NOAA Teacher at Sea
Onboard NOAA Ship Ronald H. Brown
October 8 – 28, 2006
Mission: Recovery and maintenance of buoy moorings
Geographical Area: Southeast Pacific, off the coast of Chile
Date: October 13, 2006
Weather Data from Bridge
Visibility: 12nm (nautical miles)
Wind direction: 160º
True Wind speed: 7 knots
Sea wave height: 0-1ft
Swell wave height: 5-7 ft
Sea level pressure: 1015.1 millibars
Sea temperature: 20.7ºC or 69.2ºF
Air temperature: 21.0ºC or 69.8ºF
Cloud type: cumulus, stratocumulus
We will not highlight a scientist today, as the star of our show is the floats and drifters.
Today we will examine the Argo Floats and drifters. The two machines do basically the same measurements but in different layers of the ocean. The drifters that we are deploying during the Stratus 7 cruise measure sea surface temperature (SST) and transmit that temperature and their location as they drift with the upper ocean currents. This tells scientist how warm or cold the water is and how the currents in the ocean move about. The reason scientists use drifters is that even though satellites are fairly good at acquiring sea surface temperatures some, at present, cannot penetrate cloud cover and all need the drifter data to improve their accuracy. By using the hundreds of drifters scattered throughout the globe, scientist can use this data to improve the current computer models of global climate condition and get real-time data to use in their work.
Argo floats lead an active life traveling very little compared to surface drifters. The reason for this is that floats spend most of their time in extremely deep and very slow-moving ocean waters. Some deep ocean water takes thousands of years to make their cycles through the oceans systems. These floats descend to about 1,500m to 2,000m (approximately 4,500ft to 6,000ft) and every 10 days a bladder inflates and it rises to the surface taking measurements along the way; at the surface it transmits its data back to the scientists thousands of miles away. These floats are built to last about 4 years.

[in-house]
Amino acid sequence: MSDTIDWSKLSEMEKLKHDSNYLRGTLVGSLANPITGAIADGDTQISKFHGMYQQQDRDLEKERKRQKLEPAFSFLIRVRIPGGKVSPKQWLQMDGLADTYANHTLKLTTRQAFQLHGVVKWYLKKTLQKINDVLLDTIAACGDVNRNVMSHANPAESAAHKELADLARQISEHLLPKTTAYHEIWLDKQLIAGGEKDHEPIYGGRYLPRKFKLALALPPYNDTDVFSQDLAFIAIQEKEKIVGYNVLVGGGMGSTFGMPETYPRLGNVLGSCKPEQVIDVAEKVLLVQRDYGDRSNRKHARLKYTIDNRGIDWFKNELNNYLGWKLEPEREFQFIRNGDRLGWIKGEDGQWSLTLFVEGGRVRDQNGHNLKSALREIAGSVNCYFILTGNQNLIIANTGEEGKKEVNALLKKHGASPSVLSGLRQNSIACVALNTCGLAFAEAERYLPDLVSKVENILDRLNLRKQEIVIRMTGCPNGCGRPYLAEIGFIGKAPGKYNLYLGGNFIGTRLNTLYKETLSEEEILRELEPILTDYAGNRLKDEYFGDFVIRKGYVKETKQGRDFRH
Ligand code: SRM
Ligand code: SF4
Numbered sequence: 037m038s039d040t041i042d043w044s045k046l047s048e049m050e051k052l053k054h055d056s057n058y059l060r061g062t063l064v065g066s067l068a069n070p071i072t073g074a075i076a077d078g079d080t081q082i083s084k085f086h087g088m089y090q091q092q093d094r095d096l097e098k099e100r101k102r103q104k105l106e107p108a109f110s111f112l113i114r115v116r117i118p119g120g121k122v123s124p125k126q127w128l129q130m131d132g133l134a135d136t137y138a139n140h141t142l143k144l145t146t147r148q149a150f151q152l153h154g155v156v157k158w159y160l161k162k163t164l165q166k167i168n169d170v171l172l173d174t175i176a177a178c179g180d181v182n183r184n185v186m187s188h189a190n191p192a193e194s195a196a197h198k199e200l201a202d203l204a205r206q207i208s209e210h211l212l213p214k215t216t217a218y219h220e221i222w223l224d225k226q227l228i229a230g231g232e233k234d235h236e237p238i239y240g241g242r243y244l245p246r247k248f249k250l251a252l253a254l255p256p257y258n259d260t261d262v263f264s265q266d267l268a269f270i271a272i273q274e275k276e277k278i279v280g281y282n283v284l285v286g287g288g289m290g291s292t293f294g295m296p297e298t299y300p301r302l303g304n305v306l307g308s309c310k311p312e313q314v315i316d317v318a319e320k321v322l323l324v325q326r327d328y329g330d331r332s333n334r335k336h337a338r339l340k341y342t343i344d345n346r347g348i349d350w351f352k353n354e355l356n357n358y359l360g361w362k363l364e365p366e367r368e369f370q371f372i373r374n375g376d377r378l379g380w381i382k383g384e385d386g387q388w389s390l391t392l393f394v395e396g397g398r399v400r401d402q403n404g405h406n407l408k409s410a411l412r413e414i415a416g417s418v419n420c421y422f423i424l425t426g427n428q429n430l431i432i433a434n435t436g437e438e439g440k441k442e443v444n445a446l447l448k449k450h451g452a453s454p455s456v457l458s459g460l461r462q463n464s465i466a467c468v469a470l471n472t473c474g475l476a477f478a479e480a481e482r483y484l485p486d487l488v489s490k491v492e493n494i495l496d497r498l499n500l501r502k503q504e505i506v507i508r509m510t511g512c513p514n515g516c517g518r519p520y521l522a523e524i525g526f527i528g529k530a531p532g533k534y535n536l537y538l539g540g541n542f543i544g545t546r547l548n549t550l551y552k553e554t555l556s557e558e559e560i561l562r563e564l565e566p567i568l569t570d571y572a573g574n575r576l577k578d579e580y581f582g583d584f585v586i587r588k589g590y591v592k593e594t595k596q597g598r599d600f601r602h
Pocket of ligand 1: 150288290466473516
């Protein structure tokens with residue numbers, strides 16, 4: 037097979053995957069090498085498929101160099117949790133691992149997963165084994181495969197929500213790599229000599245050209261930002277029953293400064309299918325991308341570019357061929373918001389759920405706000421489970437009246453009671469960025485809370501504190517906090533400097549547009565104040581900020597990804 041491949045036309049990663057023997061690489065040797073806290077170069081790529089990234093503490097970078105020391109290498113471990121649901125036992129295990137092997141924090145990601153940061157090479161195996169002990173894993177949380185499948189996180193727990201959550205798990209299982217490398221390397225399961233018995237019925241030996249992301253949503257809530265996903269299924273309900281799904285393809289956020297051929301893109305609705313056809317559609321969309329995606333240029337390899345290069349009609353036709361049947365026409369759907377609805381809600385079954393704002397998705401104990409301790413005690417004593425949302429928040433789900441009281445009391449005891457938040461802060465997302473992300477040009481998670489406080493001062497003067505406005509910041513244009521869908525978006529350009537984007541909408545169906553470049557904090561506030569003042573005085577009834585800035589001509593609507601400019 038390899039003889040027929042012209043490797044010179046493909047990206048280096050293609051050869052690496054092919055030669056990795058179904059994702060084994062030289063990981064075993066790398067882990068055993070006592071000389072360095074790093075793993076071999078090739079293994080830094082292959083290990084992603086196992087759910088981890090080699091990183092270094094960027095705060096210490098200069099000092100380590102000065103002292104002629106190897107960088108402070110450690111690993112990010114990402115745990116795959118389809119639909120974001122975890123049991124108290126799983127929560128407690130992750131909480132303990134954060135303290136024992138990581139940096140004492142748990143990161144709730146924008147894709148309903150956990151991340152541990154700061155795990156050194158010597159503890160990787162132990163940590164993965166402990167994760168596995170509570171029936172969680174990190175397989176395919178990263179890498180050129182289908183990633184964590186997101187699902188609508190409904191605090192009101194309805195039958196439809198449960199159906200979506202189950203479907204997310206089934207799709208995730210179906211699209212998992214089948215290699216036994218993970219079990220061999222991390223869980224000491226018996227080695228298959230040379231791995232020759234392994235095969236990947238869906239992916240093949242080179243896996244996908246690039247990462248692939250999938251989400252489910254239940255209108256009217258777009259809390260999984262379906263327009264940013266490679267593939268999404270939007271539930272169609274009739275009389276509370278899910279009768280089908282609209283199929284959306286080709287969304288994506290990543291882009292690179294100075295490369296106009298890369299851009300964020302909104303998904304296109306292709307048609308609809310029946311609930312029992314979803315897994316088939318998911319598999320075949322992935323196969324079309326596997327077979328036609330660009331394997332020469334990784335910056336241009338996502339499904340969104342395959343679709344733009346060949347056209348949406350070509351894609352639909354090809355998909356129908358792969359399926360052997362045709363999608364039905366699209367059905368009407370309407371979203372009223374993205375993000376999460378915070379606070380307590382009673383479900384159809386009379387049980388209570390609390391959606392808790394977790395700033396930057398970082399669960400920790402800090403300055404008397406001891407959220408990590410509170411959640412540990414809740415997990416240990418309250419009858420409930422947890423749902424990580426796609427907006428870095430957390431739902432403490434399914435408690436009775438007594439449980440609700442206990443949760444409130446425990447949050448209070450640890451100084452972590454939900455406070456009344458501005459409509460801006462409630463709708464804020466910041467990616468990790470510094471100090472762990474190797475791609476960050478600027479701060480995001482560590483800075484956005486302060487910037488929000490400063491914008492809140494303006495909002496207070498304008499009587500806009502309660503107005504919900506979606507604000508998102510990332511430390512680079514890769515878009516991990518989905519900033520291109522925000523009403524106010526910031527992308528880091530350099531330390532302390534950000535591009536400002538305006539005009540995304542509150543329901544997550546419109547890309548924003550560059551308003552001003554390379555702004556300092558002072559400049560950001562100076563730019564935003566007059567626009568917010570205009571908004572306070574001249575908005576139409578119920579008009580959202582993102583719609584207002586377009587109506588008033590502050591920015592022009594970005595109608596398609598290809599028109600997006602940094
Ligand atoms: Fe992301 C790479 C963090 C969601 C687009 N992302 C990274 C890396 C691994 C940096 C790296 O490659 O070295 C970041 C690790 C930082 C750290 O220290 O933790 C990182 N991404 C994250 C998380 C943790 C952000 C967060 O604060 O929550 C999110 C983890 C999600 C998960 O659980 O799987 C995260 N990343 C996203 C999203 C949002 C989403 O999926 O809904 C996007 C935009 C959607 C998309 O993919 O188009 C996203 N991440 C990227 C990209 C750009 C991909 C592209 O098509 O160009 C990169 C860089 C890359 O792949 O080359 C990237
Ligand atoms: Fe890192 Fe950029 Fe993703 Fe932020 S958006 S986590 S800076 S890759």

No experiment with the drifters and floats.
Since measuring environmental temperatures is one of the primary functions of the drifters and floaters, lead the students in a discussion of: What is hot? What is cold? What can we use to measure temperature? Do students have a temperature?
The thousands of drifters are used to get real time readings of sea surface temperatures worldwide. Start by asking the students what is the temperature of our classroom. After they give you the answer ask them if it is that temperature everywhere in the classroom. Have them devise a way to check their theory. Why is it the same/different around different parts of the room? Hint: This hint is for the classroom teacher and will be found at the bottom of this posting.
Students should go to the Datastreme Oceans website to explore some of the cool findings available to the public.
Thought Experiment provided by Dr. Weller:
How does an Argo float rise to the surface and later sink to a desired depth?
Middle School hint:
Have the students set about 20 cups or glasses, filled with water, in various locations around the room. Be sure the containers are covered to reduce cooling due to evaporation. Let the water stabilize overnight. The next day, have the students take temperature readings at the different “sites”. Compare the different readings around the room. Are they all the same or are they different. Lead the students in a discussion on the reasons for their results. Can they make any predictions about tomorrow’s readings? Do the readings change over the weekend? (Most schools turn down the heat on the weekend). Have each class post their findings so that other “scientists” from other classes can be compared with their own. Maybe 1st period is different from 7th period.
High School Hint:
The ocean is stratified–the seawater is denser the deeper you go. This is because it is colder and sometimes saltier at depth. The density of the float depends on the ratio mass/volume. The float has a reservoir of oil inside that is pumped into or taken back from an external inflatable rubber bladder. Filling or emptying the bladder changes the volume of the float while its mass remains the same, so the float can change its density, allowing it to become buoyant enough to float to the surface or to adjust itself to match the density of seawater at 1,500m.